As a general rule, an employee is not necessarily withdrawn from workers' compensation eligibility if he is injured while violating a law or committing a crime in furtherance of his job duties. Most often, the violation of a law or commission of a crime will affect an employee's receipt of benefits if, in the applicable state, it constitutes “wilful misconduct” or is the subject of its very own statutory provision giving a defense to the employer. The violation of a statute does not ipso facto equal “wilful misconduct.” Rather, flagrancy and knowledge on the part of the employee are generally required for an act to rise to the level of “wilful.”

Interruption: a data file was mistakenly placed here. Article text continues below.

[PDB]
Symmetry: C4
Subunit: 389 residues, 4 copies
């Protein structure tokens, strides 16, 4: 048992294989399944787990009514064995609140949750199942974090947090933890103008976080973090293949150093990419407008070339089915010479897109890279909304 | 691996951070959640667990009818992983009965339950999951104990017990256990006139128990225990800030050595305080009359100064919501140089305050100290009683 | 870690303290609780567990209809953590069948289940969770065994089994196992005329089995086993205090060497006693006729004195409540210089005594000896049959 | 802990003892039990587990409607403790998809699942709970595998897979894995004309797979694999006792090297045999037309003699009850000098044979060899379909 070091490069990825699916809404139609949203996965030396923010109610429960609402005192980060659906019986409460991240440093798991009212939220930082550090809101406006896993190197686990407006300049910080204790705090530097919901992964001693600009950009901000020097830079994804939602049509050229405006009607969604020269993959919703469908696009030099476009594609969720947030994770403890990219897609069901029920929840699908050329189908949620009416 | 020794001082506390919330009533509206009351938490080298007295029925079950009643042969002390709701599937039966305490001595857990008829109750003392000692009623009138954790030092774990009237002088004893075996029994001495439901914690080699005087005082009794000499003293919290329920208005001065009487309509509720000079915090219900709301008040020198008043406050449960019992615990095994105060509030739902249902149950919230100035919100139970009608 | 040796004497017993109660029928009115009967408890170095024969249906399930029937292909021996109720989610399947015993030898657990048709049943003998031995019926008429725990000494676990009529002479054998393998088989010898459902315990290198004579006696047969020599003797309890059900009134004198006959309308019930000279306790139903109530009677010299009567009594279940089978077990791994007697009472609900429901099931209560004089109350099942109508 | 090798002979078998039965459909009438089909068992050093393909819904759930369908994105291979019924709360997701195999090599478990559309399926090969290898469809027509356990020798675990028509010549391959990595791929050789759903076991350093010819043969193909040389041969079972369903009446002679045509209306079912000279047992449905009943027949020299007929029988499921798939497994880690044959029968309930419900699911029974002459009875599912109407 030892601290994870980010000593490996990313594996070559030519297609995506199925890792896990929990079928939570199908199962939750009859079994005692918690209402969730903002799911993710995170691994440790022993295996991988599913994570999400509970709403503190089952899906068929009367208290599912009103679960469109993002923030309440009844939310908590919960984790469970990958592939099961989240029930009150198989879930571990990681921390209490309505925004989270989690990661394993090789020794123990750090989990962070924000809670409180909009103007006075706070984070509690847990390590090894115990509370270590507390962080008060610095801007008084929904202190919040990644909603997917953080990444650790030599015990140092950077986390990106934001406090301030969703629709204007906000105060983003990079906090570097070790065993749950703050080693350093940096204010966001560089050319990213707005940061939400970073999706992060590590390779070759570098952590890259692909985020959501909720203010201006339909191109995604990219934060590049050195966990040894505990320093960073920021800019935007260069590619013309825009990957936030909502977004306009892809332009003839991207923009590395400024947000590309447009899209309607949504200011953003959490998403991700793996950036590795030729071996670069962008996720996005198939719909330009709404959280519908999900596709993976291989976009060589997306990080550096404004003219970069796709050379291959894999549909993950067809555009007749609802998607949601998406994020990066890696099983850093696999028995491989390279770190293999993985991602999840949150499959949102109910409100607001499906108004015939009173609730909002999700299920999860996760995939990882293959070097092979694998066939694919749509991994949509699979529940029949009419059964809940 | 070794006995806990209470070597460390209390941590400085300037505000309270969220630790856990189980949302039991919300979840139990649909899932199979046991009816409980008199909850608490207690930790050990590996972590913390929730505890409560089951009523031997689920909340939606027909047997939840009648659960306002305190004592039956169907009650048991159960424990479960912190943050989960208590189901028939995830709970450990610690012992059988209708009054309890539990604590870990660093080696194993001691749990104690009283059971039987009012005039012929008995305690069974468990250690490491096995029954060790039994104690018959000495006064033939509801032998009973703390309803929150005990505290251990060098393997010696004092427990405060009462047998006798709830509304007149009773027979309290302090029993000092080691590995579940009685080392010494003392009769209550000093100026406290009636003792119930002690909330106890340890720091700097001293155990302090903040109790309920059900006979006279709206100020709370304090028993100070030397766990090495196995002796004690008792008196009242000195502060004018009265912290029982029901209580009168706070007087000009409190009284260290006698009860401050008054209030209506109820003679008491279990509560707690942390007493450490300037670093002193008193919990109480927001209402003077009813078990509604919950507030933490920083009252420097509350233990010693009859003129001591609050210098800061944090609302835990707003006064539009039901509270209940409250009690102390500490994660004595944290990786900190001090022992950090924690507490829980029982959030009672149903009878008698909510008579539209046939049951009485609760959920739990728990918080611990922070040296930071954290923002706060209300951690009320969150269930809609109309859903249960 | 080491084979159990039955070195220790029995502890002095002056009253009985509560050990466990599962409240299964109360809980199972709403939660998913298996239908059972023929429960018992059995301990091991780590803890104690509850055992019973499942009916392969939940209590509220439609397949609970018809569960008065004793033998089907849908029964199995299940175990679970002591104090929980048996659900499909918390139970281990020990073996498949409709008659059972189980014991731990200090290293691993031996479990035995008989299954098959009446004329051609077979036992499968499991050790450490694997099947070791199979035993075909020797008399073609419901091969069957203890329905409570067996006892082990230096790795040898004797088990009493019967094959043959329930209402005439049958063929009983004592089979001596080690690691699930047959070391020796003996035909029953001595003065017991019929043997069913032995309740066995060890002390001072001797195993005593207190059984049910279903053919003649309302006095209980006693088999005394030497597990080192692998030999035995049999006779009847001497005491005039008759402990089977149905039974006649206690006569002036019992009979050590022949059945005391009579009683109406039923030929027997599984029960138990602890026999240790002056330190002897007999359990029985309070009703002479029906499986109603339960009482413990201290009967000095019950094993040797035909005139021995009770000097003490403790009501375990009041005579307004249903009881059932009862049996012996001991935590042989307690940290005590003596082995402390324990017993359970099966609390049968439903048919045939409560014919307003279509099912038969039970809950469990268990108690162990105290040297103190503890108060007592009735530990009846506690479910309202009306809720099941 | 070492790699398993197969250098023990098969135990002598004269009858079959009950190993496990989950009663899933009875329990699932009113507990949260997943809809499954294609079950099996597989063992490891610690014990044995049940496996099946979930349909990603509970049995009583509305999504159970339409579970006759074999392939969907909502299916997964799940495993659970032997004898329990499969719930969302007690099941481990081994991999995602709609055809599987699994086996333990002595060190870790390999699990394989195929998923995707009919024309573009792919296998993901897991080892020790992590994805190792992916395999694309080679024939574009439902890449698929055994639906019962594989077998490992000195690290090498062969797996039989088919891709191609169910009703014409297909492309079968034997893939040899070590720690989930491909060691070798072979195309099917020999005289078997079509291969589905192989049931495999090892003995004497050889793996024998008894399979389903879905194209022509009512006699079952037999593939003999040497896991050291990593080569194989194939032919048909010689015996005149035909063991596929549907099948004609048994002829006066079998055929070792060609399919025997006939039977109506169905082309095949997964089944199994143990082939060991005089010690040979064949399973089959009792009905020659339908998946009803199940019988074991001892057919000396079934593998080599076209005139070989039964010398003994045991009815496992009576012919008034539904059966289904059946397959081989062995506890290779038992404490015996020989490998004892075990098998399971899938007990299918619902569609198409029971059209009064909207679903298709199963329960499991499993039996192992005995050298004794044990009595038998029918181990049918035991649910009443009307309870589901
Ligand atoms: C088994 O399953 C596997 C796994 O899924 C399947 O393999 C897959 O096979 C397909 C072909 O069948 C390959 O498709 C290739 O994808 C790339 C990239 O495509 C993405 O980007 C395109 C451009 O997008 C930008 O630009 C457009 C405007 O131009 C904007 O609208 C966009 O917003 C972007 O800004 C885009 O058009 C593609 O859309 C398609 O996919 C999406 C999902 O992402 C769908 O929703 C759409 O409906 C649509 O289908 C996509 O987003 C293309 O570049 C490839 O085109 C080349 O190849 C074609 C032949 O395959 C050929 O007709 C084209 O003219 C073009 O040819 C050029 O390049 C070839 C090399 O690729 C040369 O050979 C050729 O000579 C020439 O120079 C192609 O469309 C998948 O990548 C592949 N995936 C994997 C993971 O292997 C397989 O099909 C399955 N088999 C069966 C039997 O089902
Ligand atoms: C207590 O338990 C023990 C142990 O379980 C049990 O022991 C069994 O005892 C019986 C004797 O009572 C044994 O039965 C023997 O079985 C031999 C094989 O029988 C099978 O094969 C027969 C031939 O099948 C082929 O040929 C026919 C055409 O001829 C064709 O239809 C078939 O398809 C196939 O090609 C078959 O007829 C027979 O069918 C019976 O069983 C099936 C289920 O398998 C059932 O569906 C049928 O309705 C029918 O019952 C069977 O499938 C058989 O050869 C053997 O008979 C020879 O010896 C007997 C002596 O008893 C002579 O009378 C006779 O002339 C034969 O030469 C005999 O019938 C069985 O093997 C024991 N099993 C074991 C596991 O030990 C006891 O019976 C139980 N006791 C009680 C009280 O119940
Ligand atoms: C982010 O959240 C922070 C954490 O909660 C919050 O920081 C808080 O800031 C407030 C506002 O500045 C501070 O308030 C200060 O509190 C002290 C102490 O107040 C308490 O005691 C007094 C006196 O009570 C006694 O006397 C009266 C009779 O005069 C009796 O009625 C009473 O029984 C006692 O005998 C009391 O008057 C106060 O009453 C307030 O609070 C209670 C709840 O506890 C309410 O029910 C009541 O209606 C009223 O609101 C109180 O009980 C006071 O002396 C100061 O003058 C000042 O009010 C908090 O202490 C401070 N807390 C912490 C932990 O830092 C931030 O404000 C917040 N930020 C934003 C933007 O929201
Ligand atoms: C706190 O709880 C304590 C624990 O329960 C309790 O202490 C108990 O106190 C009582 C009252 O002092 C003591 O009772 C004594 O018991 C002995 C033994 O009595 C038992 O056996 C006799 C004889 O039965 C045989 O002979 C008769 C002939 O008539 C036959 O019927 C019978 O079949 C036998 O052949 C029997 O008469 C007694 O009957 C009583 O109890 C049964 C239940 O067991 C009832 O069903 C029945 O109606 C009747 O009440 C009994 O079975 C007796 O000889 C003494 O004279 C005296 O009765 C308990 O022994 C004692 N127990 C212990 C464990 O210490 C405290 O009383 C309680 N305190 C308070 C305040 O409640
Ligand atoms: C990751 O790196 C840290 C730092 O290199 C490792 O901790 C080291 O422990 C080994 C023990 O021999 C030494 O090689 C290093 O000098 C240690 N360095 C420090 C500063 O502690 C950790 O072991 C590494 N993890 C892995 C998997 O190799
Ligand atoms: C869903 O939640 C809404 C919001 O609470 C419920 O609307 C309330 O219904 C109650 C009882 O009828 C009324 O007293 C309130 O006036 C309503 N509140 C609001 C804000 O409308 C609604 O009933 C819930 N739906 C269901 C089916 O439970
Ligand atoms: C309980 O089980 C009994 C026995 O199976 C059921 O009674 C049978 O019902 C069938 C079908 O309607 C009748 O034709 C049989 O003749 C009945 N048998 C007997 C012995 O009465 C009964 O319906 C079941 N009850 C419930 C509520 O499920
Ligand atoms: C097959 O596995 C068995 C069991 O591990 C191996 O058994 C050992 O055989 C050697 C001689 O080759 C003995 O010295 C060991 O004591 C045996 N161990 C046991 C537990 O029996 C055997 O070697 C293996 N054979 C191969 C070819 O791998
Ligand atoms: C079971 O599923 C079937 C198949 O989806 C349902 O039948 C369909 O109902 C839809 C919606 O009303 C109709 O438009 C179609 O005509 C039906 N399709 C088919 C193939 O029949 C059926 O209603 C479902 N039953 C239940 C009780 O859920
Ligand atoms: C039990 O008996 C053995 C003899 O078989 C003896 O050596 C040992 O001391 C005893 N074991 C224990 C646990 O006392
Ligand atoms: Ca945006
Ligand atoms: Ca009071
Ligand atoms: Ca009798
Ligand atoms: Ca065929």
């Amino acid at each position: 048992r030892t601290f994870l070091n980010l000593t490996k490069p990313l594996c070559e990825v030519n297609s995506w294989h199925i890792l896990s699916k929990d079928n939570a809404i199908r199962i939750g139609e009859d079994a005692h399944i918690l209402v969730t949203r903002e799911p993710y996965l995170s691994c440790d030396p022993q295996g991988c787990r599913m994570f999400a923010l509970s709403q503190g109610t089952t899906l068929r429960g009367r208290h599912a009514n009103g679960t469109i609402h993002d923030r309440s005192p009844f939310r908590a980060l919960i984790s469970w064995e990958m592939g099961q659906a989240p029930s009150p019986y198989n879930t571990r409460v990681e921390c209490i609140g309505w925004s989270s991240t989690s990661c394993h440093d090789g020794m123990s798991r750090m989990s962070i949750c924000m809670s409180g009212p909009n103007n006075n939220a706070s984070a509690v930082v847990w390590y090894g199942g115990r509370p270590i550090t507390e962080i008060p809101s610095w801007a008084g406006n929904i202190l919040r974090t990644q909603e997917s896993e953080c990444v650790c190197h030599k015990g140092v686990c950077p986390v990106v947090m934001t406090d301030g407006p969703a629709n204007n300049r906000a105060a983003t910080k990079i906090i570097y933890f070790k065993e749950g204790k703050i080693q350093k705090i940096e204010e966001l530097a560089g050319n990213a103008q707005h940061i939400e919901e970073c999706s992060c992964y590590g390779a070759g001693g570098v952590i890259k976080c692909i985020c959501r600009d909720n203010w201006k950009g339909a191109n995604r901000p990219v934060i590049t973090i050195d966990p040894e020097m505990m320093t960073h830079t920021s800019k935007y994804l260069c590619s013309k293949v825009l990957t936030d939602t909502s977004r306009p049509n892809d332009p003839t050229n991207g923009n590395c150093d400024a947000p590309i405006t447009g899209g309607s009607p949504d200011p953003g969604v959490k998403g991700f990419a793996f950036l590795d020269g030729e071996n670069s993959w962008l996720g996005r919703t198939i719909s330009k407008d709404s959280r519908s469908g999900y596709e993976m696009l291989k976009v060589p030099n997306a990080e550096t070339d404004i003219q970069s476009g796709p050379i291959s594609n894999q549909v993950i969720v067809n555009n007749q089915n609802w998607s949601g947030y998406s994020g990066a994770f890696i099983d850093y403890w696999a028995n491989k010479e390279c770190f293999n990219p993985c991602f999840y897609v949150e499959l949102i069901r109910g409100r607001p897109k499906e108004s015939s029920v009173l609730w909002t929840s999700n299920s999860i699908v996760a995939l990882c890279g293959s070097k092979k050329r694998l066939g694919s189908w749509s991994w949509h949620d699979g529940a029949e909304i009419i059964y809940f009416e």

Wilful misconduct usually affects compensation when it has taken the employment outside the employee's course of employment. Thus, in many states, employers may argue that the employee's violation of law or commission of crime was wilful misconduct constituting a deviation from the course of employment.
A few states have enacted statutes making the violation of a law or the commission of a crime a defense. These statutes are construed strictly and generally operate to deny compensation for an injury incurred while the employee engaged in such activity. Given the harshness of the result, most courts apply the statutes narrowly, preserving compensation unless, for example, the violation of law or commission of crime proximately caused the injury.
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